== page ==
Extreme weather events impact coastal infrastructure through inundation and wave action. With sea level rise, and expected increase in intensity and frequency of extreme storms due to climate change, it is imperative to enhance our understanding of coastal hydrodynamic and hydrologic processes to reliably predict storm forces on infrastructure and thereby increase the resilience of coastal communities.
The phase-averaged wave models incorporated in operational storm surge models can suffer inaccuracies in shallow waters due to crude representation of nonlinear wave-wave interaction and wave interactions with the natural landscape. On the other hand, sources of urban flooding--namely precipitation-driven overland flow and storm tide--are generally treated separately. In addition to direct inundation, storm tide indirectly contributes to flooding by reducing the efficiency of stormwater infrastructure through elevating the tailwater. Therefore accurate flood estimation requires accounting for interactions between drivers of flooding and their dynamic interactions.
I present recent works in my group that aim to address some of these shortcomings. First, I discuss results of a new phase-resolving wave-mud interaction model that includes an improved characterization of bottom mud, and show how a widely-used mud rheological model can generate significant errors in prediction of wave energy and characteristics. Second, I discuss development and validation of a new phase-resolving time-domain model for wave-vegetation interaction that accounts for the dynamics of highly flexible blades as well as show how vegetation motion can affect frequency-dependent pattern of wave damping. Some of the feedbacks from mud and vegetation to wave forcing will also be discussed. Finally, I will show preliminary results of an approach that aims to improve flooding estimate by integrating hydrodynamics of storm tide and overland flooding.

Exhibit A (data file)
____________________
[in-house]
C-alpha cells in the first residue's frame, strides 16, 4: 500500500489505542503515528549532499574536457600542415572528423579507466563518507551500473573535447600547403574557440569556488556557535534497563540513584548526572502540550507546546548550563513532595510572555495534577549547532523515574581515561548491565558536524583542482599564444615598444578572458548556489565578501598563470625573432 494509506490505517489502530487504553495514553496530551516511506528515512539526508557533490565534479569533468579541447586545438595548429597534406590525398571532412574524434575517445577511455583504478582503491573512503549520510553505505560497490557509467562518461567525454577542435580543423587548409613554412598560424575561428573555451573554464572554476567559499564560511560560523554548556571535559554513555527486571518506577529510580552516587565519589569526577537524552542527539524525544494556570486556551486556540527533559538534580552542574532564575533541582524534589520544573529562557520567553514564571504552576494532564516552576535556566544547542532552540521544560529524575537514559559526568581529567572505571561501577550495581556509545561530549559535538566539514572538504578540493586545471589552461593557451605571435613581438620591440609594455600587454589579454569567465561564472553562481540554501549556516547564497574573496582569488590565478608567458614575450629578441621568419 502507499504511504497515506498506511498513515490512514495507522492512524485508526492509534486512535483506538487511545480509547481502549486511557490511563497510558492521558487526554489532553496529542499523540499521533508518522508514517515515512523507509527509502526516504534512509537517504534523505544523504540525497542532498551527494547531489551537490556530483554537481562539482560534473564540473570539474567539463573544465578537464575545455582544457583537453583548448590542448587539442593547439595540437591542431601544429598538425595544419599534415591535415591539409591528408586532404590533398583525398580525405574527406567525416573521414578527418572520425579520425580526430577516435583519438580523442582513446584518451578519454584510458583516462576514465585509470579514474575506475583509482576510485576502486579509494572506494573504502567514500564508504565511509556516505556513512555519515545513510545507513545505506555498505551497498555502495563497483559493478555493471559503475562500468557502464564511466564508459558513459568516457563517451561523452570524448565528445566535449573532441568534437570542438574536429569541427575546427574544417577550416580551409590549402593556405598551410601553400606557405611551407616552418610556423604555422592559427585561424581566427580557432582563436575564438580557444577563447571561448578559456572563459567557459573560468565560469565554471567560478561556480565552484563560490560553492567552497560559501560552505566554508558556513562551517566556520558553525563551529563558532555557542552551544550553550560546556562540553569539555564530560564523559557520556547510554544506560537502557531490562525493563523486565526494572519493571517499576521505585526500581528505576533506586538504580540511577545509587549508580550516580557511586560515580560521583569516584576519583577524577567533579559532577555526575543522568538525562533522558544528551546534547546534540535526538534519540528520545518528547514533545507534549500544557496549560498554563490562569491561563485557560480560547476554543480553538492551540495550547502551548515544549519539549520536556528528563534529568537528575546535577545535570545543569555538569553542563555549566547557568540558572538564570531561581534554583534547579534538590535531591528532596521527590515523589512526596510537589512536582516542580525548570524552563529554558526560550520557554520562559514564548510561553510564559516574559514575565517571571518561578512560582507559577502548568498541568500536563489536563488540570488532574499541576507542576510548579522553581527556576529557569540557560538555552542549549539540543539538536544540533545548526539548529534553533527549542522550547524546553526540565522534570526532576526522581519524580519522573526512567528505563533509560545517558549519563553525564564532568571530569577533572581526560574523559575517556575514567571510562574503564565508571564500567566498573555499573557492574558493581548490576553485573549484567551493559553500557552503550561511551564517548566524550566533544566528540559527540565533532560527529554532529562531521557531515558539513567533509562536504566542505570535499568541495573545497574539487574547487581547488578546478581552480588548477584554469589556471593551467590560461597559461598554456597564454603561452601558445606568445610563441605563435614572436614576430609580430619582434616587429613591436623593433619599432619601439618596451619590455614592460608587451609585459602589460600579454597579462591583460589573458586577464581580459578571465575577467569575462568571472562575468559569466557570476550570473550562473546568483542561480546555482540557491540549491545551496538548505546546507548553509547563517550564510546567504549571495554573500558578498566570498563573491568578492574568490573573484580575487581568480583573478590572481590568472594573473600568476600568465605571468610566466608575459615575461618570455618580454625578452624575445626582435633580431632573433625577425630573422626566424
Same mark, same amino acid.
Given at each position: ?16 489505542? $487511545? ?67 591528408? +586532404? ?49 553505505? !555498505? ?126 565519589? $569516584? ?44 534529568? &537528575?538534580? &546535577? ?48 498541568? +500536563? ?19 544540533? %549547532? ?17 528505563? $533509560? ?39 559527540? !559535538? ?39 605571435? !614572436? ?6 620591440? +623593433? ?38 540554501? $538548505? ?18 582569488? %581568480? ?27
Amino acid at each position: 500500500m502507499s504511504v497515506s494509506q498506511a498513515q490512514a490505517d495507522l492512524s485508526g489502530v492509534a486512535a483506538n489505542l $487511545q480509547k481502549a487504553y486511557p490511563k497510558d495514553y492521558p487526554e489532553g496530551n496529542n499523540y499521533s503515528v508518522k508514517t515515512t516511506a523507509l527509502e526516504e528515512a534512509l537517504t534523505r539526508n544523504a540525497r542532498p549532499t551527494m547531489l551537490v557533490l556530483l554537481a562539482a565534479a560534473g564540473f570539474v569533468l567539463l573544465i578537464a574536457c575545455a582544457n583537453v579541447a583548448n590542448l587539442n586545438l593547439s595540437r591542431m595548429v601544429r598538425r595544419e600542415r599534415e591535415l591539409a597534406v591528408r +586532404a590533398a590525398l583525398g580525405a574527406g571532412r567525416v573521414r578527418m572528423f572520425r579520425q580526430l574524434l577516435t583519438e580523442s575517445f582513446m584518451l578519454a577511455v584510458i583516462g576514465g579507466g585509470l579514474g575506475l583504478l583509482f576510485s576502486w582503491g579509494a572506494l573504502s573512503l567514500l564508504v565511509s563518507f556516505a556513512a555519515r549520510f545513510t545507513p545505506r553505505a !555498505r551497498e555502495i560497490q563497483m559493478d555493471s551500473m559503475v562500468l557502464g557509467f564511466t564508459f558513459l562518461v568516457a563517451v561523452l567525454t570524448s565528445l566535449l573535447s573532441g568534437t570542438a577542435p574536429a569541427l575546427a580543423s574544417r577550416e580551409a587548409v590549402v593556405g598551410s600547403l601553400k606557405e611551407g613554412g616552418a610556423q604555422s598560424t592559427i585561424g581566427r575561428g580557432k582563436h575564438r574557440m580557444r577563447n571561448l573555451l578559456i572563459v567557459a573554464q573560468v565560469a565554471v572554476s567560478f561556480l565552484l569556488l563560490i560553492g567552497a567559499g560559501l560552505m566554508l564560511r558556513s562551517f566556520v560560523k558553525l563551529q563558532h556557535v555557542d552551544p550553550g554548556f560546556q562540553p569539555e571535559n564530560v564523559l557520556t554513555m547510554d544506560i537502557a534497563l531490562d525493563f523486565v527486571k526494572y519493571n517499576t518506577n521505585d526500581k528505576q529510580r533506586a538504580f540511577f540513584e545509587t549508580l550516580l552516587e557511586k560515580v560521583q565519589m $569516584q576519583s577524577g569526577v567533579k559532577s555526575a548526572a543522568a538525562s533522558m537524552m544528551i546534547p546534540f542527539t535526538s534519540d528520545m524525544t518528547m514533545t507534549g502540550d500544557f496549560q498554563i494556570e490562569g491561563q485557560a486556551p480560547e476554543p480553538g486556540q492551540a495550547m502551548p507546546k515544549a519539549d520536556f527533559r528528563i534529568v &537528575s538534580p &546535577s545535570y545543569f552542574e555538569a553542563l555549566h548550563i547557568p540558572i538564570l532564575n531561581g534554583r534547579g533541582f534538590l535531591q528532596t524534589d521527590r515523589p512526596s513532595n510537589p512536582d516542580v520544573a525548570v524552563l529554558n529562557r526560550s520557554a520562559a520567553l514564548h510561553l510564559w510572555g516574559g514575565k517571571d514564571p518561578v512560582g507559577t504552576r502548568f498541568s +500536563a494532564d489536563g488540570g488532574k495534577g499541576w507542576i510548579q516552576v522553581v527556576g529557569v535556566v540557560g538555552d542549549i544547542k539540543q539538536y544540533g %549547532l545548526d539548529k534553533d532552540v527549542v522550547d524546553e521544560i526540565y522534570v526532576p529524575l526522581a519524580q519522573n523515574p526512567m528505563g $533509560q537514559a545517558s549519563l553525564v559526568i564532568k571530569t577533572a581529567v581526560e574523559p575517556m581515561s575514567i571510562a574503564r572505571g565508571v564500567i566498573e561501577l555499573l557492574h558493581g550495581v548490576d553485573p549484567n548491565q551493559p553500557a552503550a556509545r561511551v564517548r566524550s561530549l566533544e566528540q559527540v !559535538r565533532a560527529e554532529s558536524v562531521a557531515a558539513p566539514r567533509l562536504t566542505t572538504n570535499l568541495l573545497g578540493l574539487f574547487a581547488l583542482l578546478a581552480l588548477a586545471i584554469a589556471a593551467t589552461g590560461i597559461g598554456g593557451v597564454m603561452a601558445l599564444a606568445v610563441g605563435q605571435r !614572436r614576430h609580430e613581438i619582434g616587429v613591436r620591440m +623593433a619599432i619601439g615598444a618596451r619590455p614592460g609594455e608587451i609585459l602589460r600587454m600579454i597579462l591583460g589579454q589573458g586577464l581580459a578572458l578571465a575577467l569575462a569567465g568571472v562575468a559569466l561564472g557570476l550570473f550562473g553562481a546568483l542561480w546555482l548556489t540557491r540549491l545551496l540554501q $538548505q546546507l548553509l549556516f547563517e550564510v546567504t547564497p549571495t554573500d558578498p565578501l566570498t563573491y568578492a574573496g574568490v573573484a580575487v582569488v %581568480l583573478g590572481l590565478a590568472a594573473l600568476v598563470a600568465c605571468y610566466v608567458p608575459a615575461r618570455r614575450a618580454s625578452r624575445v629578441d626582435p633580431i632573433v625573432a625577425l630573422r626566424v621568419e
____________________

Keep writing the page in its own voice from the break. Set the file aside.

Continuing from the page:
Navid Tahvildari is an assistant professor in the Department of Civil and Environmental Engineering at Old Dominion University. His current research focuses on computational and analytical modeling of generation and propagation of gravity waves, computational modeling of storm wave and surge interactions with the natural and urban landscape, vulnerability assessment of coastal infrastructure to extreme and recurrent flooding, and quantifying wave dissipation and reduction in shoreline erosion by nature-based shore protection features. His research has been funded by the Virginia Sea Grant, the Virginia Department of Transportation and the U.S. Department of Transportation.
Tahvildari received his Ph.D. in civil engineering with a coastal and ocean engineering focus from Texas A&M University. Prior to joining ODU, he was a postdoctoral scholar at the Environmental Fluid Mechanics Laboratory in Stanford University.
For more information and opportunities to talk with the speaker, please contact David Vaccari at [email protected]